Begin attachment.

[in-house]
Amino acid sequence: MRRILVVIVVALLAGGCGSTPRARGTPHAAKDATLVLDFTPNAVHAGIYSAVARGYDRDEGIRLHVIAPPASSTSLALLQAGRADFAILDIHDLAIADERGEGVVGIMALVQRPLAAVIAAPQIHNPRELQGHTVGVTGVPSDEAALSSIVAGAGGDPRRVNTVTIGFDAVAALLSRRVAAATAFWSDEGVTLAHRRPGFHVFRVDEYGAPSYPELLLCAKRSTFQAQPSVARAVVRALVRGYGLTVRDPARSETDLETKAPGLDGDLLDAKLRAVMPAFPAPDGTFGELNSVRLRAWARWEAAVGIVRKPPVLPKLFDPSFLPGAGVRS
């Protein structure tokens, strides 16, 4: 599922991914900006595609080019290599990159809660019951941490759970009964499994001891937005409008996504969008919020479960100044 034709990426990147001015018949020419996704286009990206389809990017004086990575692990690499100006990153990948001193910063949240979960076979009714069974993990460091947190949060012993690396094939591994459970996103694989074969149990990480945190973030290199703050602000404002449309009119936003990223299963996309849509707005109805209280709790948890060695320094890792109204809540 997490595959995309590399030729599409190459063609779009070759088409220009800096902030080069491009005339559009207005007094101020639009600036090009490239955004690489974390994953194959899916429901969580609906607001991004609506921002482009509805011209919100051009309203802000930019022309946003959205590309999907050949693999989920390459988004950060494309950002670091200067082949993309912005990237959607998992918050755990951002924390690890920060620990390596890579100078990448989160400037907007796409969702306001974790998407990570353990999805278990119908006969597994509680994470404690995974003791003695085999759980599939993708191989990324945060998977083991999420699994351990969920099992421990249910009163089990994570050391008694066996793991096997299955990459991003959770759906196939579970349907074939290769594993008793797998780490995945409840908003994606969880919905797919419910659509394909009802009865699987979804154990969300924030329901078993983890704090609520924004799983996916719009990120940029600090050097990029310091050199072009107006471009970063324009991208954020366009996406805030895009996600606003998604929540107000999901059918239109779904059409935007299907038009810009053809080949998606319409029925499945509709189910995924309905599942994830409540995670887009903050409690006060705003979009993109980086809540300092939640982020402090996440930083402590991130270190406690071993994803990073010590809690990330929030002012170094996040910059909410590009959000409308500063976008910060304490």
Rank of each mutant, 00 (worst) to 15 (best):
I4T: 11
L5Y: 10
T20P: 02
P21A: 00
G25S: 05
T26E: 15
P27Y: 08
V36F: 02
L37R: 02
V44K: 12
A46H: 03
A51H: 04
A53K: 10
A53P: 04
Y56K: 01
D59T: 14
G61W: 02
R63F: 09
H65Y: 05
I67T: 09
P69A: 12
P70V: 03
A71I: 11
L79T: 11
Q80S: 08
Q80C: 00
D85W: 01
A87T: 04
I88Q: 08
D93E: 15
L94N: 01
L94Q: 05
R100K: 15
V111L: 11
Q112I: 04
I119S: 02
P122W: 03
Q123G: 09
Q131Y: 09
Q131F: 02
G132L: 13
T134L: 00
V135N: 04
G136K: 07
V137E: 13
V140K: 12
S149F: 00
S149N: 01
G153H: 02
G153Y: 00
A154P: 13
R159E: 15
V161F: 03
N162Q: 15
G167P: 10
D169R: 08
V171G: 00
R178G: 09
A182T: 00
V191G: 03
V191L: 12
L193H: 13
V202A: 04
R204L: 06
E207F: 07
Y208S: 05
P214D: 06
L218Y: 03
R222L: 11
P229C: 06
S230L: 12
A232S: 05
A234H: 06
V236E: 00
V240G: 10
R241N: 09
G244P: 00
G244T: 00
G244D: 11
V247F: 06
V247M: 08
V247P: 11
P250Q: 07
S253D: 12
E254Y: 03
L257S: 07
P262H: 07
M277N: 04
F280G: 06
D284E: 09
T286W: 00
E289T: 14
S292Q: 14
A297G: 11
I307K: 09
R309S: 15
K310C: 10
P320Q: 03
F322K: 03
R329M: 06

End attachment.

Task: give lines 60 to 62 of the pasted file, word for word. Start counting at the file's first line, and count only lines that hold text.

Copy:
D169R: 08
V171G: 00
R178G: 09